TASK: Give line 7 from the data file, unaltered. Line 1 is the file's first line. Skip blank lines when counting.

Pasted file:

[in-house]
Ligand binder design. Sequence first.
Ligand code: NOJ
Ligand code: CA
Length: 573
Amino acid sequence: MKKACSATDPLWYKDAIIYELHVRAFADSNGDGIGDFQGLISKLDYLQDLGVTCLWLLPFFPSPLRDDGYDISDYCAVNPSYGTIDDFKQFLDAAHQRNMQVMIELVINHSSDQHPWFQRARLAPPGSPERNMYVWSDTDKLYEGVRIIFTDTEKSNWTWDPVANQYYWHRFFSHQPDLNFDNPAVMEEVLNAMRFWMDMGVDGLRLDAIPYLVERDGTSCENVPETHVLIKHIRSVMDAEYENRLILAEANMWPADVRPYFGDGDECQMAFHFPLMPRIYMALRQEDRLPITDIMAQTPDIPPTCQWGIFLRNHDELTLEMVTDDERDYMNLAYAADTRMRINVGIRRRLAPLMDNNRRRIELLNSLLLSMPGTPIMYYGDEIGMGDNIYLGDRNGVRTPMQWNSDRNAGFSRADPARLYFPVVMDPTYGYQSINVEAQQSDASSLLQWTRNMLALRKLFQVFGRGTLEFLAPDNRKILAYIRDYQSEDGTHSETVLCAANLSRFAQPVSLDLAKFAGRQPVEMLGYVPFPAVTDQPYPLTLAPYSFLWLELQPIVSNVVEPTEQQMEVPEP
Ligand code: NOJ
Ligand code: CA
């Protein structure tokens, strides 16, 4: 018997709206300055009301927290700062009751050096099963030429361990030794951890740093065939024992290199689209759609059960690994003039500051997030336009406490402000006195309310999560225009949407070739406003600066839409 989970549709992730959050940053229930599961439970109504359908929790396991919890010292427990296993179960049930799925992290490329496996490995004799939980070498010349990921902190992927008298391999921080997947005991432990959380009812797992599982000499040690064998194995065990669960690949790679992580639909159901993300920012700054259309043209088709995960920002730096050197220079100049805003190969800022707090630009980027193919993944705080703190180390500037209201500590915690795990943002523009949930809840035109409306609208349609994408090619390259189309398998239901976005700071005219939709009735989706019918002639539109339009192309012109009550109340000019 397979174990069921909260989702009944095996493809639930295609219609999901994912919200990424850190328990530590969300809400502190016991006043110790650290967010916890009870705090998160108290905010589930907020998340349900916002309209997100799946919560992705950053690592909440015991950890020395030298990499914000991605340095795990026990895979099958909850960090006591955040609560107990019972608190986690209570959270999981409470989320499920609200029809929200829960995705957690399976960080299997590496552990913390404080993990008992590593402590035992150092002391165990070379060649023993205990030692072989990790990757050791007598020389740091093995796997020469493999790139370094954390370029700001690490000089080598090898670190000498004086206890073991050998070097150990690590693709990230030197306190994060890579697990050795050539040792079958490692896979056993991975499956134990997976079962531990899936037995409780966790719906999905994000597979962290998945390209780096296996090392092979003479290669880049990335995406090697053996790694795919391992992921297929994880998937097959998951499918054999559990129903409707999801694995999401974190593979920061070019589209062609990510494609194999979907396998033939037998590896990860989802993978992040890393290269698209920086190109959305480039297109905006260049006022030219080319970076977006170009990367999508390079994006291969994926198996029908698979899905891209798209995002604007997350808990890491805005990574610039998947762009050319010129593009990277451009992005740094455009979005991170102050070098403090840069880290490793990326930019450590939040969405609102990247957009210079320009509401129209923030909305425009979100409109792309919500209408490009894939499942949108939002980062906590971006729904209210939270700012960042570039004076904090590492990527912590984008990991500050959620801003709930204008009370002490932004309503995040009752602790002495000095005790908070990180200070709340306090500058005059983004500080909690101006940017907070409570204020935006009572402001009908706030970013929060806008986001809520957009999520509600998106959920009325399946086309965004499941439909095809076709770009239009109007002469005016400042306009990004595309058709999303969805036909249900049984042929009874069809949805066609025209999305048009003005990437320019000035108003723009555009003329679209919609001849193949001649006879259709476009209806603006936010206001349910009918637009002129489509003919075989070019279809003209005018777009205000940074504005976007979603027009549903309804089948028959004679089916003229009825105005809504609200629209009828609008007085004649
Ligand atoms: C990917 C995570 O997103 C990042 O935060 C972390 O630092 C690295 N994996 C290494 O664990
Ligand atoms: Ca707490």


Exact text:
Ligand code: NOJ